Russia said Tuesday that its recognition of separatist areas in eastern Ukraine includes territory now held by Ukrainian forces, raising Western fears that Moscow intends to invade more of Ukraine’s territory after sending troops into the rebel-held region.
In Washington, Jonathan Finer, the White House principal deputy national security adviser, used the term “invasion” Tuesday to describe Russia’s deployment of troops into two pro-Russian separatist regions of Ukraine. He called it “the beginning of an invasion” and said that “you’re already seeing the beginning of our response.”
In Berlin, German Chancellor Olaf Scholz said Tuesday that he would halt authorization of Nord Stream 2, the controversial natural gas pipeline between Germany and Russia, for the time being.
Kremlin spokesman Dmitry Peskov said Russia has recognized the independence of rebel-held regions within borders that the separatists originally proclaimed when they broke away from Ukraine in 2014. Because large parts of those regions have since been reclaimed by Ukrainian forces during their eight-year war, Russia’s declaration could lead to attempts to expand the breakaway region by force.
Moscow’s recognition of the enclaves Monday spurred the United States and its allies to gear up for a fresh set of sanctions on Russia after it also sent in forces it described as peacekeeping troops.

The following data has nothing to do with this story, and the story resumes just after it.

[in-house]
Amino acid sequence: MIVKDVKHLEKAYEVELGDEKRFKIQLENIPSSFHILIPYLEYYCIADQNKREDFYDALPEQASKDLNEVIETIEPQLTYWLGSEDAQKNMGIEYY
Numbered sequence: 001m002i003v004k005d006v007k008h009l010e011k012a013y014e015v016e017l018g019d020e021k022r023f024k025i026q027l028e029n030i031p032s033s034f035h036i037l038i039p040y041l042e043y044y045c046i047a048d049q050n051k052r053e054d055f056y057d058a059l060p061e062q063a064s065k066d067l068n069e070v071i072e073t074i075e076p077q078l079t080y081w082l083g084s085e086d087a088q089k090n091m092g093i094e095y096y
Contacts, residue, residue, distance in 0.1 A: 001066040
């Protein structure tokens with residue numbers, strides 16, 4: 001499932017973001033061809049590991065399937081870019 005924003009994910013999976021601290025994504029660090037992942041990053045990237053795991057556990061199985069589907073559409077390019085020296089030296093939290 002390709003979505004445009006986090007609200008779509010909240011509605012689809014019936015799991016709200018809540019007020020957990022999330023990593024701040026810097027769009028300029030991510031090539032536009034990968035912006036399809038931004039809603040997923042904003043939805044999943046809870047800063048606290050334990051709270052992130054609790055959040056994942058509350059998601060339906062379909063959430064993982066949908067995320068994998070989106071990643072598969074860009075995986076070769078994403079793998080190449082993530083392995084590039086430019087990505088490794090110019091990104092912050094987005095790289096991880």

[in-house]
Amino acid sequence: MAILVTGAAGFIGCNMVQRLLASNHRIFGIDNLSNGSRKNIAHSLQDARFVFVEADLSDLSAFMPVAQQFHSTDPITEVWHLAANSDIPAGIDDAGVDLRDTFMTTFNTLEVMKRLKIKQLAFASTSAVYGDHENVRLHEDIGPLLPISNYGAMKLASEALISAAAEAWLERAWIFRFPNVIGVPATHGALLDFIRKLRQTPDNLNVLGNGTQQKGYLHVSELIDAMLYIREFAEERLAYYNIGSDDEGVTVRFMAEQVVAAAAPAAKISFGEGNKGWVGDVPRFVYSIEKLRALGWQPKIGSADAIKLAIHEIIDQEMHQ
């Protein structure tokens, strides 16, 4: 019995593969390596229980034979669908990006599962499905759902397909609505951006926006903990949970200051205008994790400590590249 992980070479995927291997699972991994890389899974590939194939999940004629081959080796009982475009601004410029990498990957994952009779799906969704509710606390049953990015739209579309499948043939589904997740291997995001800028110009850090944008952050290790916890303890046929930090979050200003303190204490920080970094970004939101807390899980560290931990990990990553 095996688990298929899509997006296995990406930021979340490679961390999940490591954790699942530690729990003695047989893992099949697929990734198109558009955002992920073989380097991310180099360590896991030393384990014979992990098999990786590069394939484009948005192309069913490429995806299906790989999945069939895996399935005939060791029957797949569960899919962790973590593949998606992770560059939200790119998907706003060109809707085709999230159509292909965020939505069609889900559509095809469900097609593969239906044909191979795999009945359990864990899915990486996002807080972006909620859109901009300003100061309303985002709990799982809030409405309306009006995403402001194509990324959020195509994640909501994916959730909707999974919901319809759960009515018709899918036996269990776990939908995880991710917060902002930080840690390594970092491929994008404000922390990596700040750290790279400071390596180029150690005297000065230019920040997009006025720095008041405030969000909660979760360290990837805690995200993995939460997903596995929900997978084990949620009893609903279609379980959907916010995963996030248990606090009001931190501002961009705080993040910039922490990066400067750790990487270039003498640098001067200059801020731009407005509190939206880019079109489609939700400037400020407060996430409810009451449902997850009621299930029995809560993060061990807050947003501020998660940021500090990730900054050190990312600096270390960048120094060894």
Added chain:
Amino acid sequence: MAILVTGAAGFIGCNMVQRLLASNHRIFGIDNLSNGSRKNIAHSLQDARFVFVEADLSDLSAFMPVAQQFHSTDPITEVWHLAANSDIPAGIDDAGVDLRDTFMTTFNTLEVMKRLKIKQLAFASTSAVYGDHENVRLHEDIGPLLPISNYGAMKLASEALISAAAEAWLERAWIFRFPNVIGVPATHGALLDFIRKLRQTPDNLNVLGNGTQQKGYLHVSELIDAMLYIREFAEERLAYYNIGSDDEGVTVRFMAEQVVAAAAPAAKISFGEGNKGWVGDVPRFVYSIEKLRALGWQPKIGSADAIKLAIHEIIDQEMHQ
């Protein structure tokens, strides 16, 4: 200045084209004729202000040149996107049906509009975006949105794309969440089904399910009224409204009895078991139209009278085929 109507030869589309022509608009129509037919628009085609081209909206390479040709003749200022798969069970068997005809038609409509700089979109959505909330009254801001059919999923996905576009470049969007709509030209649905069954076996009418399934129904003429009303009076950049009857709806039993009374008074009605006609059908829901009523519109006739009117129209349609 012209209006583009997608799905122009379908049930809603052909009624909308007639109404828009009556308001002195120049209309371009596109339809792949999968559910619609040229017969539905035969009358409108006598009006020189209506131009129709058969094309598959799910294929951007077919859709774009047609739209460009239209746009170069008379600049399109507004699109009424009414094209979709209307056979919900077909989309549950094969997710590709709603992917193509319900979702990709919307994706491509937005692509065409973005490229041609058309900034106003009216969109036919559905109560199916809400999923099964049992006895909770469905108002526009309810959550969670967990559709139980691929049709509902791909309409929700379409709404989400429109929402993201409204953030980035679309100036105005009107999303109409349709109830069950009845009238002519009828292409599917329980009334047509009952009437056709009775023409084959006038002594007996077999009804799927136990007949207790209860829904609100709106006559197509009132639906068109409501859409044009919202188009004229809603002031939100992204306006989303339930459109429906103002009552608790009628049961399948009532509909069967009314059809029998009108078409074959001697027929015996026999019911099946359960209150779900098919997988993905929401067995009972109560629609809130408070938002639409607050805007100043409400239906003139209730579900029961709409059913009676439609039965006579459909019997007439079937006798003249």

European leaders said Tuesday morning that Kremlin forces have arrived in the self-proclaimed republics. European Union foreign policy chief Josep Borrell said that “Russian troops are on Ukrainian soil” but that it was not a “fully fledged invasion.”
Here’s what to know
- President Biden signed an executive order Monday blocking trade and investment by Americans in two separatist enclaves of Ukraine. Administration officials said additional measures — including more sanctions — would be announced Tuesday, distinct from the strict measures promised if Russia further invades Ukraine.
- The State Department moved its personnel from Ukraine to Poland on Monday amid fears of Russia’s “plans for an invasion at any moment,” Secretary of State Antony Blinken said.
- Beijing continues to walk a tightrope of supporting Russia without outright endorsing its actions in Ukraine, with China’s ambassador to the United Nations calling on all parties involved to “seek reasonable solutions” and address concerns based on “equality and mutual respect.”
UNDERSTANDING THE RUSSIA-UKRAINE CRISIS